Kiran Vedula, director of product for digital and points business unit at Radisys, agrees that smart home solutions are a great place to build the foundation for a broader smart city.
“Smart home solutions can take many other forms, beyond that of smart metering. Smart security encompasses open detection for doors and windows, as well as smart cameras, doorbells, panic buttons and door locks. Smart home energy management focuses on heating and air-conditioning control, smart power outlets and energy usage optimisation,” he states.
“Furthermore, it can make living more comfortable through smart technologies like voice control, not to mention safer, as IOT sensors can monitor air quality and identify water or gas leaks rapidly. Finally, it can help reduce costs and energy consumption, through the implementation of smart lightbulbs, switches and temperature sensors.”
At the same event, Jarred Cowley, digital director at Think Digital, told delegates that his company has a fully operational connected community solution implemented at Waterfall Estate in Midrand, giving them a clear example of how the IOT is already making a city smarter.
“At Waterfall, we have integrated and centralised the technologies that exist in the community ecosystem, creating what we call a single super app. This encourages collaboration between the people in the estate and the technology being used,” he explains.
“Waterfall management had identified several challenges in its day-to-day operations that needed solving. Prior to our implementation, some of the challenges faced were related to poor communications, disparities between technology platforms, data loss, application fatigue and a generally chaotic digital environment.”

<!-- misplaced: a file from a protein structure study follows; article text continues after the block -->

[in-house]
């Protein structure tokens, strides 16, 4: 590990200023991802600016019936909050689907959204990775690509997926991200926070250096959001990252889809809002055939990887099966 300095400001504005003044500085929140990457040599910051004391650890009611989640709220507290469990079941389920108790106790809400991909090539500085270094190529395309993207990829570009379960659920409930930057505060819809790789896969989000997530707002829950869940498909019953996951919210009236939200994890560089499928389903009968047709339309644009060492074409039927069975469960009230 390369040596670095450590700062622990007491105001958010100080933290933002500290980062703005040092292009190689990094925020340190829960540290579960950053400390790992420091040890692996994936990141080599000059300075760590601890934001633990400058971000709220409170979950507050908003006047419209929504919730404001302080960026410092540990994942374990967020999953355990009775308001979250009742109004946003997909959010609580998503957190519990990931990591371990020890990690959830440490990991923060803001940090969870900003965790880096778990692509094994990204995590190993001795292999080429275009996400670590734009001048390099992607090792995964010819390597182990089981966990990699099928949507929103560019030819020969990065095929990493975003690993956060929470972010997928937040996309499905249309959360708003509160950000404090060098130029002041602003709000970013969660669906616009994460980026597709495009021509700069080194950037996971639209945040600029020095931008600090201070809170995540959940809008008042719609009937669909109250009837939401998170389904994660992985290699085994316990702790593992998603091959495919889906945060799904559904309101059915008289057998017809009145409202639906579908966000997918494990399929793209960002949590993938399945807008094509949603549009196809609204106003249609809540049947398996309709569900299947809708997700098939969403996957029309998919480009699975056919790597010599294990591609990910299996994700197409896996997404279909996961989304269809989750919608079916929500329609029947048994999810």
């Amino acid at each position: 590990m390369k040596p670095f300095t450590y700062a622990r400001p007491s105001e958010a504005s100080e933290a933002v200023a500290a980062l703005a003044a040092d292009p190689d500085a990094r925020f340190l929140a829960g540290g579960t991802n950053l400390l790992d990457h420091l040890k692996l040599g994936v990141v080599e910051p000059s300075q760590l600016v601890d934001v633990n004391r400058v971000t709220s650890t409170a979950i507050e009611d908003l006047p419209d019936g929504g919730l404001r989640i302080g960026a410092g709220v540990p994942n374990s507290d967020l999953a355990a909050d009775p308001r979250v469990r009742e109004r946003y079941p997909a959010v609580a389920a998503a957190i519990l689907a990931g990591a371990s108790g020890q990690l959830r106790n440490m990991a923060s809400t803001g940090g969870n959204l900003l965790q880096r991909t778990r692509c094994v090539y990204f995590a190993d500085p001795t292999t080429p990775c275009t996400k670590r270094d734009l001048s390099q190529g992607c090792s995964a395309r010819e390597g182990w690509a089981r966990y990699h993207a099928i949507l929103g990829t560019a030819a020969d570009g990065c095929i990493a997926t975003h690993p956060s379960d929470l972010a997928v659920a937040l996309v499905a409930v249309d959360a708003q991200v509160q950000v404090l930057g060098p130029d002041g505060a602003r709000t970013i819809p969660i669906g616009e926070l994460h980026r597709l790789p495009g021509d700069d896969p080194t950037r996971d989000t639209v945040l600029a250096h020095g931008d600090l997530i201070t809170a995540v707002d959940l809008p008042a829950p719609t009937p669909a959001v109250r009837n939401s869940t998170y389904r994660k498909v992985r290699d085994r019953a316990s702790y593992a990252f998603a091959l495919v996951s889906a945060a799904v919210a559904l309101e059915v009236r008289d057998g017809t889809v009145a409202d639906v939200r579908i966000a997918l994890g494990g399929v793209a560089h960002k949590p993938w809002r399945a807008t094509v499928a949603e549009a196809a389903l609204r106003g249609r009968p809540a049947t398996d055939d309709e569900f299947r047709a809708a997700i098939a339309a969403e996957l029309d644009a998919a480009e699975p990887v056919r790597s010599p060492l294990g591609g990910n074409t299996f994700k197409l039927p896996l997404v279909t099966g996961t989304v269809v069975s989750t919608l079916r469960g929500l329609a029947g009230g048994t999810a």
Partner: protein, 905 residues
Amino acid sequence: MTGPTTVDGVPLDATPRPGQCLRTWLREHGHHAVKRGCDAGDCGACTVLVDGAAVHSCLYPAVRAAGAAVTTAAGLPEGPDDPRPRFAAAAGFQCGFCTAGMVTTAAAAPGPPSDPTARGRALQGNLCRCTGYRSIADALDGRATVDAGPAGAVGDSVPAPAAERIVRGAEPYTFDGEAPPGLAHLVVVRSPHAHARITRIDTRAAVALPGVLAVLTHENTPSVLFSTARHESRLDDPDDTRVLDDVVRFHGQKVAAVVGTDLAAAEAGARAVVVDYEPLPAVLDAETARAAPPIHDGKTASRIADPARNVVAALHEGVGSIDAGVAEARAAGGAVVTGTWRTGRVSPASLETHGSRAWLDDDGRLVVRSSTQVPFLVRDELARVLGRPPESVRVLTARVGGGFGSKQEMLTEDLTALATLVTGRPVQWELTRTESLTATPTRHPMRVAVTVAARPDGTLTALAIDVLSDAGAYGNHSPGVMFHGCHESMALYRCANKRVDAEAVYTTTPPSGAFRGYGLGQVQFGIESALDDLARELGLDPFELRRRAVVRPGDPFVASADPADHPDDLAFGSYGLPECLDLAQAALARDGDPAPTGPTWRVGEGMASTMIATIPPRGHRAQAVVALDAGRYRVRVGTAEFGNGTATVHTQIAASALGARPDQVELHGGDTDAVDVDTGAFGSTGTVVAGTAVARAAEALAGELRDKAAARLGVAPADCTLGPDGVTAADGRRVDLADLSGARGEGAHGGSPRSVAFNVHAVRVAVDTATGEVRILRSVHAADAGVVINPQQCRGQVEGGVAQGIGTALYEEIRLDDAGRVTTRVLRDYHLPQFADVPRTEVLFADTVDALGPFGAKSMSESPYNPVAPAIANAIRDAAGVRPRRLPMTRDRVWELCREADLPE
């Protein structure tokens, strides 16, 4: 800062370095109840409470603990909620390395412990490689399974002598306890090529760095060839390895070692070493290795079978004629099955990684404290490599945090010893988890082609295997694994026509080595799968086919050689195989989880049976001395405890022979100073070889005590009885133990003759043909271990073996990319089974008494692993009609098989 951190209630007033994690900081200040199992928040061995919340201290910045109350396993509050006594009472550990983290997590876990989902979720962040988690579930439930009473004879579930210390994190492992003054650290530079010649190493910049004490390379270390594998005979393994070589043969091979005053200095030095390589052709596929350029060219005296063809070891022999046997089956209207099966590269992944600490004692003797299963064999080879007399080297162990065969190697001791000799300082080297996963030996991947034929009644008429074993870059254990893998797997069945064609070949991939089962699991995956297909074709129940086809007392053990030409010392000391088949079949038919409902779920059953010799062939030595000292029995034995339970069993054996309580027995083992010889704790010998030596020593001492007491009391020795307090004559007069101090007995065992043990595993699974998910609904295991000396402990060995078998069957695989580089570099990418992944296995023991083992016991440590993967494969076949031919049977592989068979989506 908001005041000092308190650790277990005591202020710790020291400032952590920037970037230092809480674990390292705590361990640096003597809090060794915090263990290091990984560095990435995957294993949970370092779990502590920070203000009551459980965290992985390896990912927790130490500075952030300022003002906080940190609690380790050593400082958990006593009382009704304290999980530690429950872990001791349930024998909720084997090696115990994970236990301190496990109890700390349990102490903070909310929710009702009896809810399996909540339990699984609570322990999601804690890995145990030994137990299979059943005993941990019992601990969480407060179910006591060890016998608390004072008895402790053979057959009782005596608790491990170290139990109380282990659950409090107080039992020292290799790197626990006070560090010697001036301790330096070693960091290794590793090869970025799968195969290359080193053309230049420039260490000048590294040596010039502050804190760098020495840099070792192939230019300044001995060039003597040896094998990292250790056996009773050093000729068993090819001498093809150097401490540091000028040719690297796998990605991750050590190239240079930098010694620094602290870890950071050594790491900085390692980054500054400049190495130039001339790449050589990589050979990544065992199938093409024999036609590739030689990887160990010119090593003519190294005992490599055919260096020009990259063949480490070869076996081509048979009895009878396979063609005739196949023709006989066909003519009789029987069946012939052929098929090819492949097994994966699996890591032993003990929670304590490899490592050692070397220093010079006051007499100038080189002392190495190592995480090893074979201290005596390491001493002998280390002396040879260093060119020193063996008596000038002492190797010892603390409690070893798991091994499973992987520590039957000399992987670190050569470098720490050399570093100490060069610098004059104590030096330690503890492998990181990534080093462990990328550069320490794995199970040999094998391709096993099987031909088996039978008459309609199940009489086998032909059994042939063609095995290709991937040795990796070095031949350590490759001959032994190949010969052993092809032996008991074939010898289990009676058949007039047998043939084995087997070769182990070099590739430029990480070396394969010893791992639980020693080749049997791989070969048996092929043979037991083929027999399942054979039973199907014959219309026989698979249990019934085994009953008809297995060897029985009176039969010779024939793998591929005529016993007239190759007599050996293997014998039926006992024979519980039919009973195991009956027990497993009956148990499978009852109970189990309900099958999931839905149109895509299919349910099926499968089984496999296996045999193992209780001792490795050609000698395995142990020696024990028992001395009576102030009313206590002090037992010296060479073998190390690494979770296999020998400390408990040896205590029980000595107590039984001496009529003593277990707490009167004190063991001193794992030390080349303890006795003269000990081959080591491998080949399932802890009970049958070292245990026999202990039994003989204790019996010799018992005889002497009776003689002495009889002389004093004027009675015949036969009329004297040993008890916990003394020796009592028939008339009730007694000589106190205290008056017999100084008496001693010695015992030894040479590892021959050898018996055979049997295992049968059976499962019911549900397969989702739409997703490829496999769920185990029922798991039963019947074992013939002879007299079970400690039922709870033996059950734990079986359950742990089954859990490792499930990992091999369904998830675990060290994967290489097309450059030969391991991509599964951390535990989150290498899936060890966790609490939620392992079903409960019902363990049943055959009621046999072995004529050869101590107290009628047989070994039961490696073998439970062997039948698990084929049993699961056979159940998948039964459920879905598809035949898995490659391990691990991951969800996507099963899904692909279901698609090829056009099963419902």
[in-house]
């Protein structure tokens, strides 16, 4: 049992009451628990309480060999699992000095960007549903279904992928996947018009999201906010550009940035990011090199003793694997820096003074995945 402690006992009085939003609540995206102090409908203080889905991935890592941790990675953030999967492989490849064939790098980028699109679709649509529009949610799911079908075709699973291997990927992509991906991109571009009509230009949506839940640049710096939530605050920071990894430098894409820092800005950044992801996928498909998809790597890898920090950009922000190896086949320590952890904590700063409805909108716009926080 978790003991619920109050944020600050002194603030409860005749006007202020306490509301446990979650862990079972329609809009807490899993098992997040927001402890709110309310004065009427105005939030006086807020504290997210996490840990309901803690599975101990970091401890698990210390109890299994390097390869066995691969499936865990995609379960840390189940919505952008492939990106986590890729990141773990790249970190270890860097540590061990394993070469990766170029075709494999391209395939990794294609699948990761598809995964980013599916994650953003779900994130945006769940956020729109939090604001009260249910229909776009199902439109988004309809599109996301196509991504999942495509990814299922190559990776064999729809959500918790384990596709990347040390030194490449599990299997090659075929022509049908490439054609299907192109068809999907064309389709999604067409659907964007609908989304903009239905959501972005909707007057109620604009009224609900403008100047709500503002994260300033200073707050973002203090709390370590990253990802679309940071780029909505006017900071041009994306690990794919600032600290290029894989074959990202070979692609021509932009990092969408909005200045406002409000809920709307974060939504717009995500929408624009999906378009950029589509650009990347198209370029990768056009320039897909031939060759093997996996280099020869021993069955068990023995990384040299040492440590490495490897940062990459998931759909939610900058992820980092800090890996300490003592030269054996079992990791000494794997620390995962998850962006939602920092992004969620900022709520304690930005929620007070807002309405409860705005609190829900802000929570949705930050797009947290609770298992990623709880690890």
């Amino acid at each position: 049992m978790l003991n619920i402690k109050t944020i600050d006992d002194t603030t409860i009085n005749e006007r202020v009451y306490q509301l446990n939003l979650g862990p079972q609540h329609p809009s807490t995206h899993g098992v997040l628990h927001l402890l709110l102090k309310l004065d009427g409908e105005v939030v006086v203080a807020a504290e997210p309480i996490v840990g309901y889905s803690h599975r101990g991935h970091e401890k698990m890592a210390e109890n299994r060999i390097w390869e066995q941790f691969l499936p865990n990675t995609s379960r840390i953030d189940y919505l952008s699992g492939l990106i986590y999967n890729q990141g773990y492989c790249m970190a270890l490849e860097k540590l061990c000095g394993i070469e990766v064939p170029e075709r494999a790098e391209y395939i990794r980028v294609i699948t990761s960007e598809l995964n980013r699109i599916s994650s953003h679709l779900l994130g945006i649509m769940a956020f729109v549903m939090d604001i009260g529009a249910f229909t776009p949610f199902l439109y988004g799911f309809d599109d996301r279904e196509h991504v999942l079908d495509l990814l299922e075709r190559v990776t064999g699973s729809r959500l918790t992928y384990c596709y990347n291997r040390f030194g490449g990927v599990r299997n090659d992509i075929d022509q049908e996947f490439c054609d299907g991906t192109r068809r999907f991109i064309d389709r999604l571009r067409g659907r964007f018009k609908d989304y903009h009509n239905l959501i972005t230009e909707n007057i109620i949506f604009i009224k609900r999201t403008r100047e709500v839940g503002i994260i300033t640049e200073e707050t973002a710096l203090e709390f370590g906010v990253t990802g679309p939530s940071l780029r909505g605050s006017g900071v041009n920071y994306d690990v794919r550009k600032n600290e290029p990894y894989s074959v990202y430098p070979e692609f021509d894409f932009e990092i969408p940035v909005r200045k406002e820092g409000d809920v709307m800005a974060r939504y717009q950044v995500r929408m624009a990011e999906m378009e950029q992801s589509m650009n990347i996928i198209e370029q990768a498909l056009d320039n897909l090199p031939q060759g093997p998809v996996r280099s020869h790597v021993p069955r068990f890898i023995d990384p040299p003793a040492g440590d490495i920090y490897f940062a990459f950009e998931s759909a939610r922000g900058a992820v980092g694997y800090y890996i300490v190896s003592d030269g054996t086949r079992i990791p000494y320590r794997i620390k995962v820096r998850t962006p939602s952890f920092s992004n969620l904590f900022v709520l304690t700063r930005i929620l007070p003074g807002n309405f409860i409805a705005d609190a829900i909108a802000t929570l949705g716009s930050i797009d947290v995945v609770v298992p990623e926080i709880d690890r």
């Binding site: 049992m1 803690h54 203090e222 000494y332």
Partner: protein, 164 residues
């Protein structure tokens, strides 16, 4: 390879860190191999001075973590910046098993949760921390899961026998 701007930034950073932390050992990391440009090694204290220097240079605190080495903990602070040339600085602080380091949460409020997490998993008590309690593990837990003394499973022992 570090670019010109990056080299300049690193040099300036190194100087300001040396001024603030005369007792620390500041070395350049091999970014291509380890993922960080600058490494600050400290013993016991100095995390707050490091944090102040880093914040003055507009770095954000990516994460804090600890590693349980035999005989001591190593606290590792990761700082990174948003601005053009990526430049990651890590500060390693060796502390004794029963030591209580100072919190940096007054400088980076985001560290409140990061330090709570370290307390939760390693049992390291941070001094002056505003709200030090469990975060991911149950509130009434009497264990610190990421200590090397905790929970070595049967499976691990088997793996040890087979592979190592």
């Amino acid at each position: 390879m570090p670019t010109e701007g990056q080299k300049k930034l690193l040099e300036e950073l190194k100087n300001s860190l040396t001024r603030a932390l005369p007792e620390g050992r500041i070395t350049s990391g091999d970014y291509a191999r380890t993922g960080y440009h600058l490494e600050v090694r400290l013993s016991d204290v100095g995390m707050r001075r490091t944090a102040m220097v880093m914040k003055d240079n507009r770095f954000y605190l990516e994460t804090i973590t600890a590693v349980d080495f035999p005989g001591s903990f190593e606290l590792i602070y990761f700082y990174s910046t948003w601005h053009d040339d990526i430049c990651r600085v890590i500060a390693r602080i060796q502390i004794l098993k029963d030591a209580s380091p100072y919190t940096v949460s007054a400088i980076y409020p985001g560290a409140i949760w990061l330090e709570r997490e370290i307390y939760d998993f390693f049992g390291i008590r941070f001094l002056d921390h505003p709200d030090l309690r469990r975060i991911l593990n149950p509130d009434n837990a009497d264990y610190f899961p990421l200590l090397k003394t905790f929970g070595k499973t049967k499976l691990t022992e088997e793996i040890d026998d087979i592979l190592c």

Cowley explains that Think Digital created a single channel of engagement which enables them to govern their data correctly from a compliance point of view, as well as simplifying the management of properties. It also allows them to deliver structured communications, improve fault reporting and efficiencies, create new revenue opportunities and create a more inclusive and connected city community.
“The benefits of our super app for residents and employees are numerous. Just some of these include notifications, touchless access control, account and levies payments, fault logging, prepaid utilities, directory access, emergency contacts, a digital wallet and information about points of interest.”
“A clear indication of the demand for smart technologies in Waterfall and the obvious benefits these offer can be found in the statistic that we already have a rate of adoption by residents of over 75%. This demonstrates how smart solutions make living easier and more convenient – we now have highly connected users who have full visibility of what is happening in their city. Best of all, the existing technologies currently in use will also serve as the perfect foundation for further digital innovation as we move forward,” he concludes.